En español | As a gay man who was so uncomfortable with my sexuality that I didn’t come out until I was 39, I know how important it is for LGBTQ youth to embrace issues that are meaningful to them. That’s why I developed our public radio programs and podcasts, OutCasting and OutCasting Overtime, with each episode created by LGBTQ teens.
The problem I’m trying to solve
While a small number of media programs target LGBTQ adults, LGBTQ youth are a population without a voice in the media. Yet they are grappling with critical issues, from societal discrimination to owning their identity to coming out to a family that might throw them on to the streets. Unlike other minorities who at least have family members with whom they can identify, LGBTQ kids can feel isolated even in their own homes — one reason LGBTQ youth have an alarmingly high suicide rate. A radio show on youth-oriented LGBTQ topics is ideal because if you are an LGBTQ kid grappling with your sexuality, you can tune in in the privacy of your car or bedroom and hear a program featuring young LGBTQ voices talking about issues that matter to you. Plus, OutCasting has the power to enlighten and educate straight public radio audiences who might not otherwise seek out information on these issues.
The moment that sparked my passion
I’ve worked in radio my entire career, everything from being an engineer at NPR to founding and running the public radio station WDFH in Ossining, NY, for 18 years. It took me years to get that radio station up and running, but I knew how much it could benefit the community, so I never gave up. When a foundation I’d approached for operational support for the station asked what we could do to further serve underrepresented constituencies, it lit me up. It took years to get funding to build studio space, but again I didn’t let myself get discouraged. OutCasting finally got its start in 2011 and became nationally distributed in 2013.
I realized as soon as the idea struck me what a program like OutCasting could have done for me when I was a teen who didn’t understand or accept my sexuality — made worse because I came of age during the AIDS crisis, when there was so much discrimination. I had internalized all the negative messaging I heard from religion, government and the media, spending so many years suppressing my sexuality and feeling depressed. Knowing when I was younger that there were others like me grappling with the same issues I was could have changed my life.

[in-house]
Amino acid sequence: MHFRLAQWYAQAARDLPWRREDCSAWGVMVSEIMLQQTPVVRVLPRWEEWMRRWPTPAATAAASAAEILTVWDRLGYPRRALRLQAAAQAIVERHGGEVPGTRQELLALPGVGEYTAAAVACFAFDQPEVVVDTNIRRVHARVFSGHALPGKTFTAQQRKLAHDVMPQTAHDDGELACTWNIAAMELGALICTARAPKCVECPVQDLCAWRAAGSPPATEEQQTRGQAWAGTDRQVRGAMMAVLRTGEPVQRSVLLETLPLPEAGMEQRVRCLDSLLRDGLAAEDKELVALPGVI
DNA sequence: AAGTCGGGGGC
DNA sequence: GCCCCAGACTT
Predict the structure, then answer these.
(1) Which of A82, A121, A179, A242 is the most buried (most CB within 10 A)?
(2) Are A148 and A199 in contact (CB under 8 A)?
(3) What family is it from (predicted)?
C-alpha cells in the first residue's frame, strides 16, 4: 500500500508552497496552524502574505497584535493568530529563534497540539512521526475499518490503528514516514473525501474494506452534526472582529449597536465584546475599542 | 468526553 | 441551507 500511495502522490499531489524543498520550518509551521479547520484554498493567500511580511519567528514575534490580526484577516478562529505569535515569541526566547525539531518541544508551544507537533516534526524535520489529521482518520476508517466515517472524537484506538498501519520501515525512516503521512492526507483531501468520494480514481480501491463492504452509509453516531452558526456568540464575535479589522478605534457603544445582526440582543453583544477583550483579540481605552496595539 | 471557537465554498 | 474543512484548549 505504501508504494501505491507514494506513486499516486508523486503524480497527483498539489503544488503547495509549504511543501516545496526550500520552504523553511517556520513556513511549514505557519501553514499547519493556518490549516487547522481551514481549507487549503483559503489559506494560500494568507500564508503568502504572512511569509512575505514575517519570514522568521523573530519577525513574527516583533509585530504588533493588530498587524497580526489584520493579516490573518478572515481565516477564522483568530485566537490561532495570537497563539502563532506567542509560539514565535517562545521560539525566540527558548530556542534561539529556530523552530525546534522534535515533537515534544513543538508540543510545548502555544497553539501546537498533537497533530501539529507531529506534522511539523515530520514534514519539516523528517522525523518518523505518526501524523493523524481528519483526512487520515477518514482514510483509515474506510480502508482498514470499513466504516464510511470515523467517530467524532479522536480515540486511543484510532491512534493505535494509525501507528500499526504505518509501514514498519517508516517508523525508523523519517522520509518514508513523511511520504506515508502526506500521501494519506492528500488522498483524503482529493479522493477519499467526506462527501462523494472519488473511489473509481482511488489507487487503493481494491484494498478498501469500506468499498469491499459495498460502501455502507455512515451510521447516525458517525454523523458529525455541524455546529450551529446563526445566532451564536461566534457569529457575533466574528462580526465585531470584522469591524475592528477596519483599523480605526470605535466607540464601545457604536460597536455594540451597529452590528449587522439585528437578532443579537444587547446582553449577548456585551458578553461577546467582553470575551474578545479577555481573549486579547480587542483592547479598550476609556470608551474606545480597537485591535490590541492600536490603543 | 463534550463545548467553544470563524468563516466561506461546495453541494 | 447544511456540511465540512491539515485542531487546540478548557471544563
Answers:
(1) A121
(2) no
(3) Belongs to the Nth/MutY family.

Why my approach is unique
OutCasting is a 29-minute program heard monthly on more than 50 public radio stations (and online at mfpg.org). We also produce OutCasting Overtime, a monthly series of shorter pieces regularly run on the “This Way Out” show on more 200 stations. I do the final production, but the ideas, guest-booking and all the on-air interviews come from the 10 LGBTQ high-school kids who volunteer weekly at the studio. (In total, some 50 young people have participated so far.)
The training I give them in producing a show provides valuable work skills, not just in how to do radio but skills that will serve them no matter what they do, like planning, reaching out to experts, and organizing a project. But mostly, they get to explore the culture of their own people in ways that are otherwise unavailable to them. It’s been wonderful watching kids emerge from their (sometimes very hardened) shells. One teen, who had come out about his sexual orientation to only a tiny number of people, was shy and terrified when he started here. By the time he graduated, he was comfortably talking about LGBTQ issues on the air. Our teens have interviewed numerous prominent people, including Bishop Gene Robinson, the first openly gay bishop in the U.S. Episcopal Church; Evan Wolfson, one of the key architects of the marriage-equality movement; and Dan Savage, creator of the “It Gets Better” project. Sometimes we also feature our own students, such as a teen who was interviewed about his own asexuality.
What’s next for Media for the Public Good
Like most nonprofit organizations, we need funding to continue and expand. All my work is currently unpaid, but to maintain this as a lasting institution if and when I ever retire (which, since I only recently turned 60, won’t be for a long while), this position needs to be compensated. We also need other staffers to do development, outreach and marketing. My hope is that our show can be underwritten by foundations and businesses like other public broadcasting programs.
We also want to establish bureaus around the country; right now we are working with Michigan State, my alma mater, to create a program that could form a template for other universities. This expansion would not only broaden and improve our programming, it would give more LGBTQ students the opportunity to find a place where they can develop pragmatic career skills while learning about issues that help them feel at home.